James R. Mason: Oil spill commission must put progress ahead of politics 

Many parallels can be drawn between Washington’s response to Lehman Brothers’ collapse two years ago and its reaction to the British Petroleum catastrophe this summer.

Many parallels can be drawn between Washington’s response to Lehman Brothers’ collapse two years ago and its reaction to the British Petroleum catastrophe this summer.

Our federal leaders used Lehman’s bankruptcy and the subsequent economic fallout as a springboard for unrelated, dubious financial regulation like much of the 2,300-page Dodd-Frank Wall Street Reform and Consumer Protection Act.

Capitol Hill’s response to the meltdown succeeded in greatly expanding government control of our financial system but did little to address the actual problems which lead to our economic crisis.

As with the financial fallout, many in D.C. have leveraged this year’s catastrophe in the Gulf to push for sweeping, unrelated measures that have already and will continue to hurt the U.S. oil and gas industry and, consequently, our economy.

Next week’s meeting of the President’s National Oil Spill Commission may provide further insight into BP’s failings and the extent to which those missteps set them apart from others in the sector.

Make no mistake, the Deepwater Horizon oil spill caused by BP’s dismissive attitude toward safety did tremendous damage. But our government’s reaction to it can have an even more lasting effect.

The administration’s hasty Gulf moratorium dramatically cut U.S. energy production in the Gulf and directly resulted in an estimated 20,000 lost jobs, $1.2 billion in missed paychecks, and a $5 billion reduction in our national GDP.

This resulting unemployment isn’t isolated to offshore rigs. Attacks on our community’s energy producers also spread to realtors in St. Charles Parish, nurses at Memorial Medical Center, baristas on Canal Street, and thousands of other workers in manufacturing, education, and other industries.

Such drastic action could be justified if widespread problems did exist; if lives and ecosystems were threatened by easily avoidable risk unless massive changes were made in the industry. But that is simply not the case. With the exception of BP, energy companies operating in the Gulf have done an exemplary job of protecting workers, communities and the environment, and continue to do so.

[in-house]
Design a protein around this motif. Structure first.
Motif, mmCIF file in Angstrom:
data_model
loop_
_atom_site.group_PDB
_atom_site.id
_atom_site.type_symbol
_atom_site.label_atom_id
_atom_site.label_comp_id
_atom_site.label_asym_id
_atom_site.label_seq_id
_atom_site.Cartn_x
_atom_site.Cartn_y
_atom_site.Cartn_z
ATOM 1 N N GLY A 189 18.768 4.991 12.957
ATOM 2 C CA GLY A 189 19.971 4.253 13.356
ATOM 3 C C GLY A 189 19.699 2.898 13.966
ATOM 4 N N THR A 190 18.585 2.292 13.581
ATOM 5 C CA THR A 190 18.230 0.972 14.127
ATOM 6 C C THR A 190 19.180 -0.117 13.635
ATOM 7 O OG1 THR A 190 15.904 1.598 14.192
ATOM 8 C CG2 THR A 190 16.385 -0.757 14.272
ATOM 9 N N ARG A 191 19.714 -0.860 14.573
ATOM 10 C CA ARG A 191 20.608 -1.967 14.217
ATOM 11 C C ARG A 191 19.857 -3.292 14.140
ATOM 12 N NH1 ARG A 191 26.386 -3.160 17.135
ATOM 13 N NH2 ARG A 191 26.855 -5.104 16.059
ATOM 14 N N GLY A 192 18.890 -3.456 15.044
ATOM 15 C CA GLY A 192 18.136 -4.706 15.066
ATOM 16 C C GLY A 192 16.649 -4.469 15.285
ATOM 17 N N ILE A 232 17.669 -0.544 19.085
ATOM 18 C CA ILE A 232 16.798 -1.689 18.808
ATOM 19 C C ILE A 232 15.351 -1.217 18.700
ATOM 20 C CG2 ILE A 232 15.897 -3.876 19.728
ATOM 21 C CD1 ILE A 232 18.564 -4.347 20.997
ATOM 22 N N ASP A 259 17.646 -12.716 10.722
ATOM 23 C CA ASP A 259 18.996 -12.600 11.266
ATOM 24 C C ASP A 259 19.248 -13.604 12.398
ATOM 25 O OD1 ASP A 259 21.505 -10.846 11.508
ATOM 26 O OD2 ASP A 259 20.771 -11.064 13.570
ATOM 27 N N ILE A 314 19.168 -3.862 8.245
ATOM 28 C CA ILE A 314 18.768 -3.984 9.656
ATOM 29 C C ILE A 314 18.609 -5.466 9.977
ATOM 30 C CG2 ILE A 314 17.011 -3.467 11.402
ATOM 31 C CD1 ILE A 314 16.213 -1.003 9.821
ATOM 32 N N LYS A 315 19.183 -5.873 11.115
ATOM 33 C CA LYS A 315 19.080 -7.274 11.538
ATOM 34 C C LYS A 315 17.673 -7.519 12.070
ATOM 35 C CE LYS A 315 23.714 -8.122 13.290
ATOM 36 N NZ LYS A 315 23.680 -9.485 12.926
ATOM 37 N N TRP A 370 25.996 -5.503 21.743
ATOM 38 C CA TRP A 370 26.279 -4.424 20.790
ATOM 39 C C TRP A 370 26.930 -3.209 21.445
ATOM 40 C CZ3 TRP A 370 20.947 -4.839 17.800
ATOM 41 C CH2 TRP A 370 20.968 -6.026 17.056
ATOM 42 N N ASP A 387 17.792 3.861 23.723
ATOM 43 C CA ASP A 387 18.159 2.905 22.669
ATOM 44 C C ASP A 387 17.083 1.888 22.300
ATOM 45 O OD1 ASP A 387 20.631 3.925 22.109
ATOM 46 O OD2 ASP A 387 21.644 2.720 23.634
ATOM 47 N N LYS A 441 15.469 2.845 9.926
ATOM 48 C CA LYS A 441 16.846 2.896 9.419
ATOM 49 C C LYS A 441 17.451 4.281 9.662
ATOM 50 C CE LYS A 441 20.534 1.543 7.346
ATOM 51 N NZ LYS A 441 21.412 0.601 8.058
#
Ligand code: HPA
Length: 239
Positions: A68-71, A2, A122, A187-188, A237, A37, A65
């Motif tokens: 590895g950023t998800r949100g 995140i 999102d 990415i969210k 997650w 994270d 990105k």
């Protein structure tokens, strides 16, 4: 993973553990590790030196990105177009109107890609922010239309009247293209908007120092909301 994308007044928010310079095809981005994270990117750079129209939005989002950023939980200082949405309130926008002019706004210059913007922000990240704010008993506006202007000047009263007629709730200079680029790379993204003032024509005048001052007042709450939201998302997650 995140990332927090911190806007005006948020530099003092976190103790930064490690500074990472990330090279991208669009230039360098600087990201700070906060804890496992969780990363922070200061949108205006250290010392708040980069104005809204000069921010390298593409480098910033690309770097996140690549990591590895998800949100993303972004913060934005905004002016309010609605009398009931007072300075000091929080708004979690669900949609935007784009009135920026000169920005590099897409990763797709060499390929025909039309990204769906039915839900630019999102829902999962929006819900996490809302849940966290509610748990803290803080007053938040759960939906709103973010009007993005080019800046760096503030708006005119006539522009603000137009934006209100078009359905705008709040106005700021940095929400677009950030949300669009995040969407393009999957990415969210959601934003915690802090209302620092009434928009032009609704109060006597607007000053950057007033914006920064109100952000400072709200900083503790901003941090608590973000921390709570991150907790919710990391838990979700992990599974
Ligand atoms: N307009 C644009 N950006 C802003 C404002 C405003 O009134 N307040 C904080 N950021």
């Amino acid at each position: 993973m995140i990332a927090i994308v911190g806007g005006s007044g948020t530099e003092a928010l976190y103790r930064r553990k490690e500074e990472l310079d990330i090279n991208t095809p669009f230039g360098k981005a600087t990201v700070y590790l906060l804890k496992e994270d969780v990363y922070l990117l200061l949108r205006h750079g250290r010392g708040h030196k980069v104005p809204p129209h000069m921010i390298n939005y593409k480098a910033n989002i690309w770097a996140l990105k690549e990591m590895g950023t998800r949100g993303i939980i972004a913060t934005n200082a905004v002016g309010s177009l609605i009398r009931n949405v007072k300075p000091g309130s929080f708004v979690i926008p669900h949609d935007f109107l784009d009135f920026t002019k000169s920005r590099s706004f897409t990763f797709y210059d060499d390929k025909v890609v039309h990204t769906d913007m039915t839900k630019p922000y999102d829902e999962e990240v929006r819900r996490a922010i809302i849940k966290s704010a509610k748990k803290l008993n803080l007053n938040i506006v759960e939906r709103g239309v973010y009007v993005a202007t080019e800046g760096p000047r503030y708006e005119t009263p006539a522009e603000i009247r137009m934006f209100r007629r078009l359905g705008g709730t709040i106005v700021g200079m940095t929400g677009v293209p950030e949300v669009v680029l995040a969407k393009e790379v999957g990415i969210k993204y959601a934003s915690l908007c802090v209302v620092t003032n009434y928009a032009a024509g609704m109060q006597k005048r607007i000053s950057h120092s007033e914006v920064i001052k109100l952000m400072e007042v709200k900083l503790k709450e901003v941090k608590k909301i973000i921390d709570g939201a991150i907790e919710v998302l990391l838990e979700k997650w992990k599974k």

The oil and gas industry supports over nine million American workers – more than 320,000 in Louisiana alone. They efficiently provide us with domestically produced energy while maintaining a first-rate safety record.

Overall, the U.S. energy industry is the safest and cleanest in the world, and is the safety standard all other nations aspire to emulate. There’s a good reason the Chilean government selected American driller Jeff Hart to rescue its 33 trapped miners in the face of seemingly impossible odds.

Yet, the Pelican State and the broader U.S. economy are now needlessly suffering due to a political target painted on one rogue company. Even a causal examination of BP’s safety record shows the vast difference that exists between it and its competitors in the Gulf.

This distinction is akin to difference between the Lehmans and AIGs that were rescued from the brink of financial system Armageddon with government bailouts and the thousands of American banks and homeowners that responsibly chose to sit out the bubble.

In both situations, consumers and the economy would have been best served by timely, targeted, and deliberate regulatory action to separate good and bad business practices, instead of the after-the-fact, sweeping, punitive actions federal officials took against entire industries.

The midterm elections have shown us that voters get it: poor regulatory and economic responses that destroy growth do not go over well with the American public. Moreover, voters also get that their welfare and that of their families are merely collateral damage of manipulation in the larger political power-play.

Officially lifting the moratorium just a week out from the elections, Interior Secretary Salazar effectively demonstrated that discretion over the moratorium would be used to affect election results, but never to rescue jobs and help families in recession.

Still, even lifting the official moratorium was a hollow gesture, as a de facto moratorium on shallow and deep water drilling is held in place in the form of substantial delays in approving permits for work to resume.

Real economic issues are bipartisan. Voters showed displeasure with administration’s policies on Tuesday by re-electing vocal opponents of the policy such as Sen. David Vitter, and providing broad support for Sen. Mary Landrieu in her well covered dispute on the topic with leadership of her own political party.

The 2008 Wall Street meltdown and the 2010 BP spill were the result of careless actions by rogue operators. In both cases, the policy response seems driven more by a desire to punish the entire industry rather than separate the bad actors or projects and subject them to strict remediation.

Proposed new energy taxes suggest that political agendas will continue to take a front seat to economic realities, at the expense of Louisiana’s, and the entire nation’s, economy.

Joseph R. Mason is the Moyse/LBA Chair of Banking at the Ourso School of Business at Louisiana State University, and author of several studies on economic impacts of the administration’s energy policies.

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Staff Report

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A daily newspaper covering San Francisco, San Mateo County and serving Alameda, Marin and Santa Clara counties.
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